Guardianship Resources

Home Up Utilities Personal Photo Album Disclaimer

Guardianship Generally

bulletOverview of Guardianship/Conservatorship Court Proceedings
bulletVirginia State Bar's Summary of Rights, Duties and Liabilities of Guardians and Conservators
bulletMemTrax Memory Test
bulletReport of Incapacity (Guardianship)
bulletShawn's Outline Guardianship & Conservatorship in Virginia 2009
bulletThompsonMcMullan's Guardian and Conservator Data Intake Form
bulletIn Virginia, May A Guardian Commit His Incapacitated Adult Ward?
bulletTrial memorandum in favor
bulletTrial memorandum in opposition 
The circuit court held that the guardian could not commit the ward involuntarily.  Involuntary commitment of an adjudicated incapacitated ward requires process pursuant to established civil commitment statutes (see Primer).

Guardians ad Litem

bullet Virginia Judicial System Guardian ad Litem site
bullet Qualified Guardians Ad Litem for Adult Incapacity Hearings
bulletVirginia Guardianship Association 2001 GAL Order

Guardian/Conservator Forms

bulletOfficial Virginia Conservatorship Inventory Form
bulletOfficial Virginia Conservatorship Accounting  Form
bulletOfficial Virginia Annual Guardian Report Form
bulletAll Fiduciary Forms
bulletVirginia Circuit Court Forms List

Guardianship Is A Responsibility

bulletVa. Code § 18.2-369, Abuse and neglect of incapacitated adults

     In the 2004 opinion of the Va. Court of Appeals, Com. v. Correll, Record No. 3387-02-3, the Court held that the relationship of guardian, and the undertaking of care as primary custodian, was sufficient to trigger criminal liability for the death of the guardian's severely malnourished ward (Ms. Paxton, the guardian's mother) under Sec. 18.2-369.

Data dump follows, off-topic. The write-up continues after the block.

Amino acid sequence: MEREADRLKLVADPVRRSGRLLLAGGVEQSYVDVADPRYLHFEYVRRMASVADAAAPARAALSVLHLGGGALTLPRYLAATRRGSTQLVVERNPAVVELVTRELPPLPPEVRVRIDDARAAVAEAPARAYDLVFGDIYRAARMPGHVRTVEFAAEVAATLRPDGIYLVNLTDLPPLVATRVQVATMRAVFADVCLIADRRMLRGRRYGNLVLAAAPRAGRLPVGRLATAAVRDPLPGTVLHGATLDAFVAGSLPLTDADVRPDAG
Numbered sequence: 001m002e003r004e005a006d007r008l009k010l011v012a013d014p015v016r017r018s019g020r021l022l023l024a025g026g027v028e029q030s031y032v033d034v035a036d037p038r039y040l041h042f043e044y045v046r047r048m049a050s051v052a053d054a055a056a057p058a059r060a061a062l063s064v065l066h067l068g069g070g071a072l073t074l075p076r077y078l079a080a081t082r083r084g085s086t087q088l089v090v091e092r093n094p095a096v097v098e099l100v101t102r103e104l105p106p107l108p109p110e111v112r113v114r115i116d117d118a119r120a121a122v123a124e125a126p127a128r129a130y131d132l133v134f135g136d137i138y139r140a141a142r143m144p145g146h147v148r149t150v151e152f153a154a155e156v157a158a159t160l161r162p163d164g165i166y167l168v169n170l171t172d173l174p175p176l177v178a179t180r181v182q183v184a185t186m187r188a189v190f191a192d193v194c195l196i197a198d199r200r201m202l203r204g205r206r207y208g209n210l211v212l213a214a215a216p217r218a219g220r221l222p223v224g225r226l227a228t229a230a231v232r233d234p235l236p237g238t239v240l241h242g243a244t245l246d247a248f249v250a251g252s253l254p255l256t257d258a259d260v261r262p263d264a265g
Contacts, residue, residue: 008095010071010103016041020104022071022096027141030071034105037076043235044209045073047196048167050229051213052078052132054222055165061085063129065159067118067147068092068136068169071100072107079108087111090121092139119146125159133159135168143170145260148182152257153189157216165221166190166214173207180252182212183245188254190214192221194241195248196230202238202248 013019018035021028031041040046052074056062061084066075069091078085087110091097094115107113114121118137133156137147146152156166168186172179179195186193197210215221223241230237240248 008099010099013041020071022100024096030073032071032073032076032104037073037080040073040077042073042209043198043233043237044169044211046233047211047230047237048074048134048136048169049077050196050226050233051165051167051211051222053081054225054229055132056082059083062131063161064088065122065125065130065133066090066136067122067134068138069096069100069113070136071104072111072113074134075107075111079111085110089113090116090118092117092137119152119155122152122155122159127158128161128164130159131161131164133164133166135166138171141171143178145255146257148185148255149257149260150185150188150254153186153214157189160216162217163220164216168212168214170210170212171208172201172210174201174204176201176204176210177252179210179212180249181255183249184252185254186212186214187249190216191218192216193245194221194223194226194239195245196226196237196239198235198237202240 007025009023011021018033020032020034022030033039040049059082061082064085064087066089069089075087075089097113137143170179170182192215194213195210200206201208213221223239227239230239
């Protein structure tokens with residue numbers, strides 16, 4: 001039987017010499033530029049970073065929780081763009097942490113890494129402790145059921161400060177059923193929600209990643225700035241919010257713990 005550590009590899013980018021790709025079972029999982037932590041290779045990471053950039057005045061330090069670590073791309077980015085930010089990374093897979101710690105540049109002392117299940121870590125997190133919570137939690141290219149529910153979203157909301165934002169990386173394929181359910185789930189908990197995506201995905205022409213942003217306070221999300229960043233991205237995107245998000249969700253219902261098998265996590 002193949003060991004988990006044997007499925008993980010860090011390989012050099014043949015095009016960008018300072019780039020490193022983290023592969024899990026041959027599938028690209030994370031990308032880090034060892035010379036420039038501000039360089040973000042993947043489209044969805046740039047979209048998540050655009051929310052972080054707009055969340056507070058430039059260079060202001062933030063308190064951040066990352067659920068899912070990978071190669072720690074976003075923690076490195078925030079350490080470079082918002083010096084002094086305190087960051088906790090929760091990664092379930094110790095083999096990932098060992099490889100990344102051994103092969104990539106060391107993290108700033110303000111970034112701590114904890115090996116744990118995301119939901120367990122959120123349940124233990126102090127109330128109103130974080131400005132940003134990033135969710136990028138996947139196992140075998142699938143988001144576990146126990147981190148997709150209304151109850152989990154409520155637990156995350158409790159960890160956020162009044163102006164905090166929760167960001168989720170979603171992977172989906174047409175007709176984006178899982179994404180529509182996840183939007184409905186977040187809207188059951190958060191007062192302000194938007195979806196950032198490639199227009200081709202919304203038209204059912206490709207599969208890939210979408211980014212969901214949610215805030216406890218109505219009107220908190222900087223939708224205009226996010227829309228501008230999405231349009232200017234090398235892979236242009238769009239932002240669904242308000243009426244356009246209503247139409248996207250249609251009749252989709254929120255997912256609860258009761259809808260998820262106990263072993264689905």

The Court found that "[t]he evidence in this record, when considered in its totality, demonstrates that Correll was clearly capable of comprehending the seriousness of Paxton’s condition, as well as her need for constant and immediate care. In fact, Correll had cared for Paxton for years prior to her death, and had specifically cared for Paxton in relation to her weight problem and the various bedsores that she had developed over the years. Thus, we simply cannot hold that the trial court’s finding of willful and knowing neglect was plainly wrong. Indeed, testimony given during the trial established that Correll acknowledged Paxton was not being properly cared for prior to her admission to the hospital and that those ' problems' were what prompted the investigation by Bedford County Social Services."

     Va. Code § 37.2-1020, Duties and powers of guardian, provides in pertinent part that a "guardian stands in a fiduciary relationship to the incapacitated person for whom he was appointed guardian and may be held personally liable for a breach of any fiduciary duty to the incapacitated person. A guardian shall not be liable for the acts of the incapacitated person, unless the guardian is personally negligent."

    The Court's order establishes the fiduciary relationship, and defines its limits.  The Correll case emphatically underscores the importance of counsel for the guardian (as opposed to counsel for the petitioner or the incapacitated person), and that counsel representing the proposed guardian should insist that the order specifically detail the duties and liabilities of the guardian, especially when the guardian contracts with third parties (such as congregate facilities licensed by the Commonwealth) for care of the ward.

Protocol for Disposition of Unclaimed Bodies/Indigent Burial